Massive fire at Laparkan: “We are here, we are going to continue business” – manager

…says calamity will not deter company
…as Police, Fire Service, insurance companies’ probes continue

By Amar Persaud

General Manager at Laparkan Trading, Bodhan Nipan is assuring customers and other stakeholders that all efforts are being made to ensure business continues as normal following the devastating fire that destroyed millions of dollars’ worth of items stored in a bond at the Guyana National Industrial Company Incorporated (GNIC).
The fire erupted just before midnight on Sunday at the Lombard Street, Georgetown facility and destroyed a two-storey wooden, concrete and steel bond which was used by Tropical Shipping Company and Laparkan Trading Company.
The Guyana Fire Service (GFS), in a statement on the matter, said Tropical Shipping Company sustained water damage and minor fire damage. Additionally, propane cylinders, a quantity of barrels containing food stuff, clothing, household appliances and other items were destroyed.
On the other hand, the GFS noted that Laparkan Trading suffered the loss of one Bobcat machine, a quantity of office furniture, gas cylinders, crates of energy drinks, three 40 feet containers containing electrical cables and flex hoses, three electrical transformers and three 40 feet refrigeration containers. In addition, eleven vehicles were also destroyed while five were severely damaged and three others were slightly damaged.

Inventory & temporary bond
Contacted for an update on the company’s clean-up mission, Nipan explained that they have already secured a temporary bond while employees are working to deal with customers’ queries. He explained that workers are still in the process of stocktaking.
“Well actually from yesterday (Monday), we had a contingency plan put in place, so we placed a contingency plan whereby commercial customers can use the Princes Street entrance to access their cargo, we have the support of the customs office because the officials were here and we met with them briefly to be part of this contingency plan…,” he revealed.
“And we have another bond, it’s a bond that is controlled by GNIC, and we’ve asked them to use that temporarily as our storehouse until we have resolution to restore the existing bond that was demolished in the fire. So that bond yesterday (Monday) had commenced packing up, cleaning and sterilising, and so forth, we’re hoping at least by midday or 13:00h today (Tuesday) we can start actually destock the containers that were there with cargo for customers, mostly, of course would be commercial customers,” Nipan added.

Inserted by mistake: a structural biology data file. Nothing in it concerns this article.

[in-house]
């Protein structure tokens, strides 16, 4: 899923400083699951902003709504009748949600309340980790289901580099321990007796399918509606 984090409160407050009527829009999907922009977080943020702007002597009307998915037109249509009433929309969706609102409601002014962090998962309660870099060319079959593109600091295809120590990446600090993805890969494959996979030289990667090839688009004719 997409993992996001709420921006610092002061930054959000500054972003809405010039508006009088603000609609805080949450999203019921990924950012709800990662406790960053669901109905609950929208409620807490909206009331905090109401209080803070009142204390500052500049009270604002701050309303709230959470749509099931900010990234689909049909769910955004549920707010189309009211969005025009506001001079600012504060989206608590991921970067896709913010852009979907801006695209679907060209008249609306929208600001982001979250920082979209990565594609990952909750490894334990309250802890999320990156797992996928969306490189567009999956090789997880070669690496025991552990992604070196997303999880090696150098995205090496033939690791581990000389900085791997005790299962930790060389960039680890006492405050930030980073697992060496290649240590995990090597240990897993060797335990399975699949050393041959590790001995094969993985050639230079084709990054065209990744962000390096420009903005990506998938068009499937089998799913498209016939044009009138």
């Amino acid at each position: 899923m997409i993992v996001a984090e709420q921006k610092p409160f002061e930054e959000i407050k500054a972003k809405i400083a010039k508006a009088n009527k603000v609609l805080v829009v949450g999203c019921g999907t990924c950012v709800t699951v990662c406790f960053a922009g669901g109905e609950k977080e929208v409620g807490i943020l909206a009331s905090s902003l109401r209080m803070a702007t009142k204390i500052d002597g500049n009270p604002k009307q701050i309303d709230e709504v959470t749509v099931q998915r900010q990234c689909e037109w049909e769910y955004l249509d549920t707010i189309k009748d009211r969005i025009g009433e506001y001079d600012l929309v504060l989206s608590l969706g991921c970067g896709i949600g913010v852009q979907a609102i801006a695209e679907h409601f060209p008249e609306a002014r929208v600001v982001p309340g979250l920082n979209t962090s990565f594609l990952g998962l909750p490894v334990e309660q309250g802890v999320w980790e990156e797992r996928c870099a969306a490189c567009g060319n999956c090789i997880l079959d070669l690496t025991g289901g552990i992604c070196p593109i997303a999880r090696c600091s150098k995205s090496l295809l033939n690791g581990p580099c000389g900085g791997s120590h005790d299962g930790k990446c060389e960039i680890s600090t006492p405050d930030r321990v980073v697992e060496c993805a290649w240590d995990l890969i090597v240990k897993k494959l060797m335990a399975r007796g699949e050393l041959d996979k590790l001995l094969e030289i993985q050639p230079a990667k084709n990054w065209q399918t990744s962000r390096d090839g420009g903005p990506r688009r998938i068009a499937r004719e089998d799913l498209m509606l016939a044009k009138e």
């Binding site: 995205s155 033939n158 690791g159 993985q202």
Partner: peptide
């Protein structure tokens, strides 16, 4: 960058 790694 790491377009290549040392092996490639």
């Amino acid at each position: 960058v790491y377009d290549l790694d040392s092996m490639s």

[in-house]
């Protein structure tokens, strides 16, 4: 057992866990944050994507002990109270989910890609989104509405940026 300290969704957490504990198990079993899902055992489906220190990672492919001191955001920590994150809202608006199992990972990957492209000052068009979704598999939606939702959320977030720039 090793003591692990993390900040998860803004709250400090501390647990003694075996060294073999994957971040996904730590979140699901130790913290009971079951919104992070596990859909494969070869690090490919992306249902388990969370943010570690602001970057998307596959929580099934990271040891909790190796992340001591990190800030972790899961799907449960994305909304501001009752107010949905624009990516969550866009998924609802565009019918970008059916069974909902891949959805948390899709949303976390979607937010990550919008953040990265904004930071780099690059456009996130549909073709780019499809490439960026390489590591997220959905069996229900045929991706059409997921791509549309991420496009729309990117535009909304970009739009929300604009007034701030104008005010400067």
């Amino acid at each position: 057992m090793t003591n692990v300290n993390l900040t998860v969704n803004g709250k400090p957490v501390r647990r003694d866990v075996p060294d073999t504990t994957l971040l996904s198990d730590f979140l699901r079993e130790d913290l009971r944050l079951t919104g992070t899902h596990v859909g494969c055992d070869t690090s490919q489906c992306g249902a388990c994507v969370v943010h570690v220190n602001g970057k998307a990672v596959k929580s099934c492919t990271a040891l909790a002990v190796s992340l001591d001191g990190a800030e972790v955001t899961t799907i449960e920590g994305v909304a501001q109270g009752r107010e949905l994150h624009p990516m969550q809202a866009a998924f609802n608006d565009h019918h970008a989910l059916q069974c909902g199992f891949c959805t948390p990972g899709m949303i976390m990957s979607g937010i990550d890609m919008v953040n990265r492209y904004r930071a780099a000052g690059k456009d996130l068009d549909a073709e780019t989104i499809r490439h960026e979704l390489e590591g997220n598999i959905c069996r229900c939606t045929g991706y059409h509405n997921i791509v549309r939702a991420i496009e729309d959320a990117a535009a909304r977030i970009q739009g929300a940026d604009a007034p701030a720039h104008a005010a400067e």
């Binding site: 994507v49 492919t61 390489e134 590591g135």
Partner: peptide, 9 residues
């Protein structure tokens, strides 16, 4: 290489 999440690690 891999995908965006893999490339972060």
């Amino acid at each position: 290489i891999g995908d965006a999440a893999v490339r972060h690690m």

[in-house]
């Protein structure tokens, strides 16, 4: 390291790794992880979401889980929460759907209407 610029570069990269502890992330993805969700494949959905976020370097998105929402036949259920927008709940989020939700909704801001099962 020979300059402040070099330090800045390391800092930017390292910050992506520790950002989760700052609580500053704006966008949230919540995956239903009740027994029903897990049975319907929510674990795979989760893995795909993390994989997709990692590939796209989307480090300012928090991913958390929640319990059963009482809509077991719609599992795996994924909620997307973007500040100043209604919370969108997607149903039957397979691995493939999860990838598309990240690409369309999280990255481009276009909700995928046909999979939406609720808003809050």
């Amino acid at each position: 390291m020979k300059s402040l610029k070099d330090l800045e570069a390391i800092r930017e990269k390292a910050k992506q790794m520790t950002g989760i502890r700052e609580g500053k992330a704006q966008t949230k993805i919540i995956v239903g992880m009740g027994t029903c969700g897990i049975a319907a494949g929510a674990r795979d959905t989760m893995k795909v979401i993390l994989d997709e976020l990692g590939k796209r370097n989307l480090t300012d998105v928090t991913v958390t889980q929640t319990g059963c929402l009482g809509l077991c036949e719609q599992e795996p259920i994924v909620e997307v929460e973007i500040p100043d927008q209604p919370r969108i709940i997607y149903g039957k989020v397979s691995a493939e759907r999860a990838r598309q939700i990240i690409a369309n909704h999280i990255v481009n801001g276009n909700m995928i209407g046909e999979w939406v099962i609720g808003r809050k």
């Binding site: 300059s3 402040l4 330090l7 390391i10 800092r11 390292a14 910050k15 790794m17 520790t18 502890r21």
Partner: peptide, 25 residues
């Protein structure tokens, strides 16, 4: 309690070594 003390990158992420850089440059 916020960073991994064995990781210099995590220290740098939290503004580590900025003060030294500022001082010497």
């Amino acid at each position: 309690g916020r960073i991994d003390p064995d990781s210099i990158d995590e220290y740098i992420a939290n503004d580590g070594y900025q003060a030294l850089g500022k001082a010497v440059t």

“Remember we had incoming cargo, we had a couple of vessels that came between the 1st and 14th of January, then the fire occurred on the 16th, so we had couple of vessels that came in…we had cargo that was in the bond that were incoming cargo during that period and we had cargo that was there since in December, we had cargo that was also cleared but was not uplifted by the customer, we had cargo that was placed there and duties were not paid on it yet because the warehouse actually destroyed, it was a bonded warehouse.”
“Bonded warehouse means that the procedures or the standard operating procedures that has to be executed by the customs and the customs administration has not been fulfilled, which means like the payment of duties, examination of cargo, the basic stuff. So, it was placed in that warehouse which was actually diminished by the fire, so that was both under the care of customs and ourselves here.”
“So, in that warehouse now we had several cargoes, so what we’re doing right now is to do a final list to determine exactly which were the cargo that wasn’t taken out, which cargo was paid upon and wasn’t removed or which cargo was there and we’re trying to do that to get a netlist or a final list of the actual confinements that were destroyed in the fire.”